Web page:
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How can I tell the differnce between progressive verbs and gerunds, e.g. in the sentence Philip is planning a party, how do I know whether planning is the Direct Object and party is the object of the gerund or is plannning is the verb and party is the direct object?

  • English -

    Thank you for using the Jiskha Homework Help Forum. "Is planning" is the Present Progressive Tense, "planning" is the gerund (present participle), "party" is the direct object because it answers the question "what?". (what is he planning)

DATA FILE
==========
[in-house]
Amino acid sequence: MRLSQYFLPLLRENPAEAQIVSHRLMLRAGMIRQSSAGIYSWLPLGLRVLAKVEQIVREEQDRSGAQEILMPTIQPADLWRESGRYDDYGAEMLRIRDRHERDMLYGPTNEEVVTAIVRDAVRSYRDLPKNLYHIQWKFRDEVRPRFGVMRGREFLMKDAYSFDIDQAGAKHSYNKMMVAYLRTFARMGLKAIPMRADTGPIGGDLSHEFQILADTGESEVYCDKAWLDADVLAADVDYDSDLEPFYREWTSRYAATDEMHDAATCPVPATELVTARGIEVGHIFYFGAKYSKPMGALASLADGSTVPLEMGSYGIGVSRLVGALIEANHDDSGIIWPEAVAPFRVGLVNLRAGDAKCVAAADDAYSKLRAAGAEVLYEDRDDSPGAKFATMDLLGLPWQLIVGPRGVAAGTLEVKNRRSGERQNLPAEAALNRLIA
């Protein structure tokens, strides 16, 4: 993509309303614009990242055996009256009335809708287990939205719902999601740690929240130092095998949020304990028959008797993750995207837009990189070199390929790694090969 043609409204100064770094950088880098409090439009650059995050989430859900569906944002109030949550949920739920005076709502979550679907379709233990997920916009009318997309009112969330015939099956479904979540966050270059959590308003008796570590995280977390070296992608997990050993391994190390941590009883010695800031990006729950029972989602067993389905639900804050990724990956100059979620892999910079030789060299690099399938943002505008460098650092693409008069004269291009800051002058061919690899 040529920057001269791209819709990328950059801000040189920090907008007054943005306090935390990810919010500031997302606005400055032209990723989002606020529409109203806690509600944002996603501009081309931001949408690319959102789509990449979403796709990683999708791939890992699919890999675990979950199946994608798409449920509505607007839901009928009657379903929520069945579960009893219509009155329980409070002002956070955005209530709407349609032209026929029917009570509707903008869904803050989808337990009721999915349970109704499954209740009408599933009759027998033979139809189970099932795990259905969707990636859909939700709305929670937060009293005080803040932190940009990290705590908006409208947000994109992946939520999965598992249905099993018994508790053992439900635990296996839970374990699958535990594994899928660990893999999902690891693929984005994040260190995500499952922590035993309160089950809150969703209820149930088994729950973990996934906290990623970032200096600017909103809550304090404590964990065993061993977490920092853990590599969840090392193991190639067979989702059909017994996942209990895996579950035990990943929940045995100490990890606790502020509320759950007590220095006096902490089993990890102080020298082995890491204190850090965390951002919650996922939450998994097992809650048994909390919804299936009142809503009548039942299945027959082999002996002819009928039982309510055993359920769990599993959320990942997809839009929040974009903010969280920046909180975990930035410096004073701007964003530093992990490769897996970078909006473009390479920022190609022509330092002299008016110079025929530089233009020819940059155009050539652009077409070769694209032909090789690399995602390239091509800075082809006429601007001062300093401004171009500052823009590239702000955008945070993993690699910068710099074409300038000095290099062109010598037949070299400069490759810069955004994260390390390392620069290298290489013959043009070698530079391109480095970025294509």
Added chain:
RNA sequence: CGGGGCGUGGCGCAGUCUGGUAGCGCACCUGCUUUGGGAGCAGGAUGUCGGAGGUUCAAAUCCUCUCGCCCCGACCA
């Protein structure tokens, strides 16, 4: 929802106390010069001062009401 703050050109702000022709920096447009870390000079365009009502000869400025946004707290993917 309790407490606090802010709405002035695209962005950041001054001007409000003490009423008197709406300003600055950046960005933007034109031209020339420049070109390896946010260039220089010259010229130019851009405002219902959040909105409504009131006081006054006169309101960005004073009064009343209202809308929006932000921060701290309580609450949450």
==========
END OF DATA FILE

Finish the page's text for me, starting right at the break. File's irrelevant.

• English -

    The difference between an "ing" verb acting like a verb or acting like a gerund is easy. When the "ing" verb is being a verb, it will have a "helping verb" with it from the "to be" family. eg.. am running, is running, are running, was running, were running, have been running, etc.

    When the "ing" verb is being a gerund, it will be behaving like a NOUN. It will be used as a subject, or direct object
    Running (subject) gives one stamina.
    Running a mile everyday ( subject) will strenthen your legs.
    I have never tried running a mile ( direct object).

    Here is a good site on gerunds.

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